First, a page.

[¶38]   Snyder contends that Hayek's failure to advise him of the presence of and failure to strike the disclaimer clause in the contract constitutes an actionable breach of duty. Hayek maintains that Snyder waived the breach of duty by signing the contract. In support of this contention, Hayek refers us to two cases wherein a real estate broker obviously breached his duty to his client, but was relieved of responsibility for his error by the client's act of signing the contract.

[¶39]   In Kidd v. Maldonado, 688 P.2d 461, 462 (Utah 1984), the seller instructed his broker to include in the contract a "subject to" clause which would make the sale contingent on the seller's locating a new residence. The broker, however, inserted a clause that made the buyer's possession subject to the seller's relocation. Id. The seller sued the broker alleging a breach of the principal-agent relationship, and requested that the broker indemnify the seller for damages awarded to the buyers. Id. The Utah Supreme Court recognized that the broker had breached his duty to the seller, but found that:

The language of the "subject to" clause in the earnest money agreement was known to the seller prior to presentation to the buyer. The seller read the agreement, and in particular the pertinent clause, before signing it; he knew the words used; and had an opportunity to raise any question concerning the language in the earnest money agreement with his real estate agent. The language at issue was nontechnical and readily understandable, and there is no hint of misrepresentation, fraud, or sharp dealing by the real estate agent in this case and none was pleaded.

When a principal sees an act done by his agent and the act is not subject to misunderstanding by a reasonable person, the law does not permit the principal to ignore what is obvious, even if it be contrary to his instructions. When an agent exceeds his express authority, which must be assumed in this case because it is here on summary judgment, ratification by the principal releases the agent from liability in damages.

Kidd, 688 P.2d at 462.

[¶40]   Barta v. Kindschuh, 246 Neb. 208, 518 N.W.2d 98, 100 (1994) arose from a failure to accurately reflect the condition of the roof in a "Property Disclosure Information" form. The sellers assumed that their broker made the necessary changes to the document when he was informed of the true condition of the roof. Id. at 99. The broker, in his defense, stated that he gave the form to the sellers to read and left the decision to sign it up to them. Id. at 99-100. The Nebraska Supreme Court quoted and followed the reasoning of Kidd, and held that the sellers acquiesced in and ratified the acts of the agent when they read and signed the unmodified form. Id. at 101-02.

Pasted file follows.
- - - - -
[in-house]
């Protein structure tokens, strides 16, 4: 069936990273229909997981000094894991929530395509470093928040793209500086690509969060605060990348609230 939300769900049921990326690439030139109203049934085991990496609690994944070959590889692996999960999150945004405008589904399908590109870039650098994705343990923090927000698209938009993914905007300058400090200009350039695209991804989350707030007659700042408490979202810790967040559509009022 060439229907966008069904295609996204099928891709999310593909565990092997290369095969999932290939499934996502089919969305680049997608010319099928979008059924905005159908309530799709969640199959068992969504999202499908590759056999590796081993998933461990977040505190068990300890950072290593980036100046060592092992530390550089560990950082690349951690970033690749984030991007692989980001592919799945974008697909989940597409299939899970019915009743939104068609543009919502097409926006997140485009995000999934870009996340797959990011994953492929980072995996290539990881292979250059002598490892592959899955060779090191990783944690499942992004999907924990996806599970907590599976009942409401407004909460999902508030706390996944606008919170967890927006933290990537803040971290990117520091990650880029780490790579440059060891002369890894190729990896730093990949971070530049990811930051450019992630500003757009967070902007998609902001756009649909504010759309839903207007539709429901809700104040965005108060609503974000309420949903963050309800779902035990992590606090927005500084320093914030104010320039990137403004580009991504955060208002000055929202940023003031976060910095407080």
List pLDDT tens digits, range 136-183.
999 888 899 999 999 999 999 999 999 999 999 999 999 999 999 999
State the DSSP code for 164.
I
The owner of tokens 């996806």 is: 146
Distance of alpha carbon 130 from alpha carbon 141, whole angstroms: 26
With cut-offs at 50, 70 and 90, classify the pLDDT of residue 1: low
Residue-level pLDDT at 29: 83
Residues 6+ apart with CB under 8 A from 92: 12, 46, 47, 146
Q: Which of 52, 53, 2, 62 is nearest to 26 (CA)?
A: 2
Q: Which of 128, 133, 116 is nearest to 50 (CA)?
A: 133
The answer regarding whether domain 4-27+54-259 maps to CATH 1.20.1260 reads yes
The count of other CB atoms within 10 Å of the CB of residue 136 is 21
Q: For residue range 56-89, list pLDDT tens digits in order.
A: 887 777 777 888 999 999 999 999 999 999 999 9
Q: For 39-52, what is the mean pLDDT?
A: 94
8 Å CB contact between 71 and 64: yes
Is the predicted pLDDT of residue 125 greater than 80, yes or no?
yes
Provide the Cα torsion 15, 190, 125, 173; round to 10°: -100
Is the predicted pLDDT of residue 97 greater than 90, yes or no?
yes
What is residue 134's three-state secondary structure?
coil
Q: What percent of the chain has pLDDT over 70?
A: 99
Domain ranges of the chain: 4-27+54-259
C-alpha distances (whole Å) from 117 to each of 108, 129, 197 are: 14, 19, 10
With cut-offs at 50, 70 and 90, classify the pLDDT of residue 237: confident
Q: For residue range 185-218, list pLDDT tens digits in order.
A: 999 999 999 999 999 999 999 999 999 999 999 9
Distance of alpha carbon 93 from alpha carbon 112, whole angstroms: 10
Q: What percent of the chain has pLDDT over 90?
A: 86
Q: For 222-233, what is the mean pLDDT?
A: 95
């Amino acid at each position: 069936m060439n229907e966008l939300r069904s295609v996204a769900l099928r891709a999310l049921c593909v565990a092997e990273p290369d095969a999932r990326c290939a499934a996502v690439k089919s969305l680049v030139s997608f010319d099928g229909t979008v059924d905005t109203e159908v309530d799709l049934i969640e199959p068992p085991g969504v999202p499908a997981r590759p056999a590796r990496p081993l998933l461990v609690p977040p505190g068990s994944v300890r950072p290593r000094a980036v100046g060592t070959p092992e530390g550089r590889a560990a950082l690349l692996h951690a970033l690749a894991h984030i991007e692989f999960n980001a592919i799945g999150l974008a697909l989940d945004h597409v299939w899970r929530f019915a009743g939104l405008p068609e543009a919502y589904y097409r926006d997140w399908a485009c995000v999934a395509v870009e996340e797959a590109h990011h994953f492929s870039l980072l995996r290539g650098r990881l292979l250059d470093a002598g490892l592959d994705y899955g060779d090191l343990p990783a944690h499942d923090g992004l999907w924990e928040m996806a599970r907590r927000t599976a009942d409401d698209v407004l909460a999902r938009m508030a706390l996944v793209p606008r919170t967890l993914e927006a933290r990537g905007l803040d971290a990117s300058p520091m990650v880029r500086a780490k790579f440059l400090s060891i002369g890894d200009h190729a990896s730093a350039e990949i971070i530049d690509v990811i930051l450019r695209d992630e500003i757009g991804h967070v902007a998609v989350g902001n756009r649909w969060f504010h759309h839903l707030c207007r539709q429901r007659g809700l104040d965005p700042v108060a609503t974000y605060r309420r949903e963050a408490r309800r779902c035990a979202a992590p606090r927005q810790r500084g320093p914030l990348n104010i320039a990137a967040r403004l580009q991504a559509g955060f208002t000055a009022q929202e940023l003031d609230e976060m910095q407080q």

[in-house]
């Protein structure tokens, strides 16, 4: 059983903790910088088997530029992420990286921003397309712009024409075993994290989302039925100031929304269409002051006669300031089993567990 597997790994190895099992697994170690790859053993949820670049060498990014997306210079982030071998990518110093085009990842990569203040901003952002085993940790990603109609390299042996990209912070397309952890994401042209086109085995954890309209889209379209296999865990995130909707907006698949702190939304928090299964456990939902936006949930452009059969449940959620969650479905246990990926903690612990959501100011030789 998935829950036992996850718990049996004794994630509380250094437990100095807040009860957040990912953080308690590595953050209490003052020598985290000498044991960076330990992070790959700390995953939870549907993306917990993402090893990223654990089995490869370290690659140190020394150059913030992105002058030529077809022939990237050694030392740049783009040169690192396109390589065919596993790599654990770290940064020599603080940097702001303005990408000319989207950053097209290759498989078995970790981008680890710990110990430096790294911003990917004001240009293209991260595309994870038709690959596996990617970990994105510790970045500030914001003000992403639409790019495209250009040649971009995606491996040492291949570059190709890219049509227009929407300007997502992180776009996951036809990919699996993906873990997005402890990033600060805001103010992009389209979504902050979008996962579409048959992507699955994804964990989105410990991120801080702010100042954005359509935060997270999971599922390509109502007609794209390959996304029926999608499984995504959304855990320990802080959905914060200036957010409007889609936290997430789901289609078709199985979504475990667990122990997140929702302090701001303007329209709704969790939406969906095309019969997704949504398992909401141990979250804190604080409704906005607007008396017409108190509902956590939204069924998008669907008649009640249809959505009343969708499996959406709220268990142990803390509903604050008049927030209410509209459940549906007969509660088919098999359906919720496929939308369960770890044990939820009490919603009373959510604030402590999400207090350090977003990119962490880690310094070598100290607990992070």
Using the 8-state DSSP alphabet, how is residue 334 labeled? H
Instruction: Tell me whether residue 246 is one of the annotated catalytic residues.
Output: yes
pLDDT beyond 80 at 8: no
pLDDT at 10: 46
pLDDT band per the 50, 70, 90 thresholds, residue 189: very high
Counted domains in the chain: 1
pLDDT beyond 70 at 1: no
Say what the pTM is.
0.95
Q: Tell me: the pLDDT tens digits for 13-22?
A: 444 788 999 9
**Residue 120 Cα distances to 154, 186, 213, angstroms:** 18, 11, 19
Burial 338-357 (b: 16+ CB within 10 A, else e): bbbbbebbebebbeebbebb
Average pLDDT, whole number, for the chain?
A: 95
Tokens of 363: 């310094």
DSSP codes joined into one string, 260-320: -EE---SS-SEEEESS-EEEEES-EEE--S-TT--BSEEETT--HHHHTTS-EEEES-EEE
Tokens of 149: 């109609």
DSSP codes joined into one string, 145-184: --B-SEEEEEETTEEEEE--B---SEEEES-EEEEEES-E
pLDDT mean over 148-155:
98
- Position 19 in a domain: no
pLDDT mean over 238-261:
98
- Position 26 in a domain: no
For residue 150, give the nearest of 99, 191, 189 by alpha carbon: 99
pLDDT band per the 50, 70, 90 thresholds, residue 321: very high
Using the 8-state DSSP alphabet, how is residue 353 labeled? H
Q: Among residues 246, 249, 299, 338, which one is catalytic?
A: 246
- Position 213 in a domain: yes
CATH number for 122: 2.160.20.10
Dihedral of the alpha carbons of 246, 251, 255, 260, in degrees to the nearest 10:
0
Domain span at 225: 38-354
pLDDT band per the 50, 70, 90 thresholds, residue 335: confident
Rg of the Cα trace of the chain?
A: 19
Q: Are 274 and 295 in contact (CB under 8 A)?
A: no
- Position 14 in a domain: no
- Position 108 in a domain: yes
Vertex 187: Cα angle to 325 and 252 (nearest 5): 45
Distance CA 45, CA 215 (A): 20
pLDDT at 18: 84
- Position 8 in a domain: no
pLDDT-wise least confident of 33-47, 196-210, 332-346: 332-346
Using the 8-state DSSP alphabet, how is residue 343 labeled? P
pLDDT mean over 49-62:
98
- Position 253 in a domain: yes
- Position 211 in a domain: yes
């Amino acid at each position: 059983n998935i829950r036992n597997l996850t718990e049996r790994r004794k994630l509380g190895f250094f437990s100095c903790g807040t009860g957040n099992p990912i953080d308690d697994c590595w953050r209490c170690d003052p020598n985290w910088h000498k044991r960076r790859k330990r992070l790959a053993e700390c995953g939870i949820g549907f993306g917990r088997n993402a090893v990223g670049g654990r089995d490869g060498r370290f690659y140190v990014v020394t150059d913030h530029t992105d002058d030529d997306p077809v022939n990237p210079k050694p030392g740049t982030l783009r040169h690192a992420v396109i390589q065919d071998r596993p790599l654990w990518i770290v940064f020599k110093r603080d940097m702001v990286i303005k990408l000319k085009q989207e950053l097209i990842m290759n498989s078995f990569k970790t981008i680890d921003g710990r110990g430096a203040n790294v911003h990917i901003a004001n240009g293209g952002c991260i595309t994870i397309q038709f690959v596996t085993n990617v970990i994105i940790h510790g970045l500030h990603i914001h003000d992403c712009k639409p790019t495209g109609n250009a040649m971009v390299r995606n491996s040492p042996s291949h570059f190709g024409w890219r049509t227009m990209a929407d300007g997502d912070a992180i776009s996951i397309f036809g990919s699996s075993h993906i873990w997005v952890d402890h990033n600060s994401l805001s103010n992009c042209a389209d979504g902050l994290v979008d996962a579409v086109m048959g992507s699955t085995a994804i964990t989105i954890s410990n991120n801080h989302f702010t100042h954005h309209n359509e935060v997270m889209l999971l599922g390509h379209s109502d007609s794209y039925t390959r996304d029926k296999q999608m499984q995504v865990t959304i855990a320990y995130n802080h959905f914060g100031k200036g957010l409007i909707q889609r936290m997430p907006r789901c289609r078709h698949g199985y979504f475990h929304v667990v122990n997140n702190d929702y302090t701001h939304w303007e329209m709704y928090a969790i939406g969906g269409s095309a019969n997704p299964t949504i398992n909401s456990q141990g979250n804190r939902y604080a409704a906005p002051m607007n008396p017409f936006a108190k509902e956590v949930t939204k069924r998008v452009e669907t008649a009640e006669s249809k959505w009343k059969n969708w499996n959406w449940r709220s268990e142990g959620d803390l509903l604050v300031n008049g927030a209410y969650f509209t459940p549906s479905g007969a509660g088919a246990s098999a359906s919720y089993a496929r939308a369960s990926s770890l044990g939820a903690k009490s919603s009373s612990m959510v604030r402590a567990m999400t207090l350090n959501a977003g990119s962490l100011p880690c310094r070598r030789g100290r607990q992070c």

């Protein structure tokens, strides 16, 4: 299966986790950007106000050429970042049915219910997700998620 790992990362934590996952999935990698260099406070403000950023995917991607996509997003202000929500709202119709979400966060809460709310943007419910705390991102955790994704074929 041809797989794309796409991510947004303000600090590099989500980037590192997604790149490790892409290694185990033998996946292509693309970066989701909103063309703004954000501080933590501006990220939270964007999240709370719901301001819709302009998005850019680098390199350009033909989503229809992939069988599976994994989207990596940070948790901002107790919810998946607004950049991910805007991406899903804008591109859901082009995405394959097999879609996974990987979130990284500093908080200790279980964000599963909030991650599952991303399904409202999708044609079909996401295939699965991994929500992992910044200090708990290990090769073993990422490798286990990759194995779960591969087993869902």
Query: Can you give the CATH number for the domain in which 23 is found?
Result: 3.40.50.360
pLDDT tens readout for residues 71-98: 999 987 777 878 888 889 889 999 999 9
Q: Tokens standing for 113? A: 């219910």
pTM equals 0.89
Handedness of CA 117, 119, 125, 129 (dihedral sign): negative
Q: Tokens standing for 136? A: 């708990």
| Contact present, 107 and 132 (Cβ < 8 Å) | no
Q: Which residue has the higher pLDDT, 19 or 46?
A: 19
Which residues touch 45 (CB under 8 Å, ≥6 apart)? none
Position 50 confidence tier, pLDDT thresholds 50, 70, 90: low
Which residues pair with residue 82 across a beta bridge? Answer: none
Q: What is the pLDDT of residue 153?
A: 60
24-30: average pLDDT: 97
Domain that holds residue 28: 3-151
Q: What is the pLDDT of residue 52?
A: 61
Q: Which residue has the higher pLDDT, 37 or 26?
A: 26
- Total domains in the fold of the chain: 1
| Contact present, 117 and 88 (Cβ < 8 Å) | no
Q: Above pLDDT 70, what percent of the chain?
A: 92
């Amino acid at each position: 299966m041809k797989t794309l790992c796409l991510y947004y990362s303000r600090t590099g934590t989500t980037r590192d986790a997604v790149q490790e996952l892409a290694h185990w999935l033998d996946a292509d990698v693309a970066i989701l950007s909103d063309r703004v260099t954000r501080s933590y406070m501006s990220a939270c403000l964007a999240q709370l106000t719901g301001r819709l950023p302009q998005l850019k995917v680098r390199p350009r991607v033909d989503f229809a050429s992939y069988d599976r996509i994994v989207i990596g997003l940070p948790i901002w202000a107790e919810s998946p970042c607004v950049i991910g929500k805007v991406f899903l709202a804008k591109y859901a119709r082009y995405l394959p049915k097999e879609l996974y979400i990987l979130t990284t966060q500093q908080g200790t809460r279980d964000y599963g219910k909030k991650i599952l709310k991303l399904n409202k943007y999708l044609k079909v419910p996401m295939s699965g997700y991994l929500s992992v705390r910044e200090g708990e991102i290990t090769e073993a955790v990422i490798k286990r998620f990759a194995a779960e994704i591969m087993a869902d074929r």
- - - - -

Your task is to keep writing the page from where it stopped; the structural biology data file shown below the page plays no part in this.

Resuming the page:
[¶41]   We find these decisions, while well founded in the law of agency, to be incompatible with duties inherent in the relationship of broker and client. In Hagar v. Mobley, 638 P.2d 127 (Wyo. 1981), we outlined the nature of this relationship. We said:

Realtors, just like doctors, lawyers, engineering consultants, and builders, hold themselves out as professionals; it is their job to know their profession. People rely on and trust them. Failure to comply with either the accepted standards in the field or the standards society is willing to recognize as acceptable, is actionable.

Hagar, 638 P.2d at 138. In Hagar, we stated that the accepted standards in the real estate field are provided by Wyo. Stat. Ann. 33-28-111 (Michie 1977). Hagar, 638 P.2d at 137. The applicable provision of that statute provides that, "[f]ailing to advise the buyer and seller of all terms of the proposed sale at the time an offer is presented including estimated discounts and closing costs" is a breach of the broker's duty to his client. Wyo. Stat. Ann. 33-28-111(a)(x) (Michie Repl. 1987). The terms of a proposed sale include not only those contained in the initial offer, but also those added by the broker in the contract for sale, even if they are part of the boiler plate language of a form contract.

[¶42]   It is inconceivable to this Court that a broker can escape liability for failing to advise his client of the consequences of signing a document by allowing the client to sign the very document that the broker failed to explain. The circularity of such a rule is readily apparent, and provides no protection for the unsophisticated and unwary consumer who places his trust in his paid agent. The better rule, and the one which we find to be consistent with the standard of care imposed upon brokers in Wyoming, was well stated by the Supreme Court of Oregon in Prall v. Gooden, 226 Or. 554, 360 P.2d 759, 762 (1961):